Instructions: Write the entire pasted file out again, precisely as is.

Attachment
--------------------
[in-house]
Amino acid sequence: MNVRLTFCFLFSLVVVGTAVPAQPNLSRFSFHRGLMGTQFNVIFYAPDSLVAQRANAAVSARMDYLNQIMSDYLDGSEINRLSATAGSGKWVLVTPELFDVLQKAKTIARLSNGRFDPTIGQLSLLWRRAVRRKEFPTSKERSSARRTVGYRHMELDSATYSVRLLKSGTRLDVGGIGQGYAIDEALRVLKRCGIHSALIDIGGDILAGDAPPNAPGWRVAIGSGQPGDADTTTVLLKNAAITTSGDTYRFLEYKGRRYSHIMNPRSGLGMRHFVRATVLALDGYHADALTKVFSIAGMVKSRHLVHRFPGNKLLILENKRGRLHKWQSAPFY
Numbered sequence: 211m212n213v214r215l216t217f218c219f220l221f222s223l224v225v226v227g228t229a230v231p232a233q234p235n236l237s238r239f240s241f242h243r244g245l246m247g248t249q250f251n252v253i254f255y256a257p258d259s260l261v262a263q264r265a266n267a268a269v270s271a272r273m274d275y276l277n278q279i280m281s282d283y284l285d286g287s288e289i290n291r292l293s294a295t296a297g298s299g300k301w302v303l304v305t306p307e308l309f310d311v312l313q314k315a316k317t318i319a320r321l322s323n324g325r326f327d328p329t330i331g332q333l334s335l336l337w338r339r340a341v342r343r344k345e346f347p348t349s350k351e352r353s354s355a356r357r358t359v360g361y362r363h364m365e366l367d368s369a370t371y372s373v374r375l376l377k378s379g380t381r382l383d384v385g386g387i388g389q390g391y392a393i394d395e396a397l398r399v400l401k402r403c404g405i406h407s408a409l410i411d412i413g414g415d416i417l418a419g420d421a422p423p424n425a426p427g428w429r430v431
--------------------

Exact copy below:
[in-house]
Amino acid sequence: MNVRLTFCFLFSLVVVGTAVPAQPNLSRFSFHRGLMGTQFNVIFYAPDSLVAQRANAAVSARMDYLNQIMSDYLDGSEINRLSATAGSGKWVLVTPELFDVLQKAKTIARLSNGRFDPTIGQLSLLWRRAVRRKEFPTSKERSSARRTVGYRHMELDSATYSVRLLKSGTRLDVGGIGQGYAIDEALRVLKRCGIHSALIDIGGDILAGDAPPNAPGWRVAIGSGQPGDADTTTVLLKNAAITTSGDTYRFLEYKGRRYSHIMNPRSGLGMRHFVRATVLALDGYHADALTKVFSIAGMVKSRHLVHRFPGNKLLILENKRGRLHKWQSAPFY
Numbered sequence: 211m212n213v214r215l216t217f218c219f220l221f222s223l224v225v226v227g228t229a230v231p232a233q234p235n236l237s238r239f240s241f242h243r244g245l246m247g248t249q250f251n252v253i254f255y256a257p258d259s260l261v262a263q264r265a266n267a268a269v270s271a272r273m274d275y276l277n278q279i280m281s282d283y284l285d286g287s288e289i290n291r292l293s294a295t296a297g298s299g300k301w302v303l304v305t306p307e308l309f310d311v312l313q314k315a316k317t318i319a320r321l322s323n324g325r326f327d328p329t330i331g332q333l334s335l336l337w338r339r340a341v342r343r344k345e346f347p348t349s350k351e352r353s354s355a356r357r358t359v360g361y362r363h364m365e366l367d368s369a370t371y372s373v374r375l376l377k378s379g380t381r382l383d384v385g386g387i388g389q390g391y392a393i394d395e396a397l398r399v400l401k402r403c404g405i406h407s408a409l410i411d412i413g414g415d416i417l418a419g420d421a422p423p424n425a426p427g428w429r430v431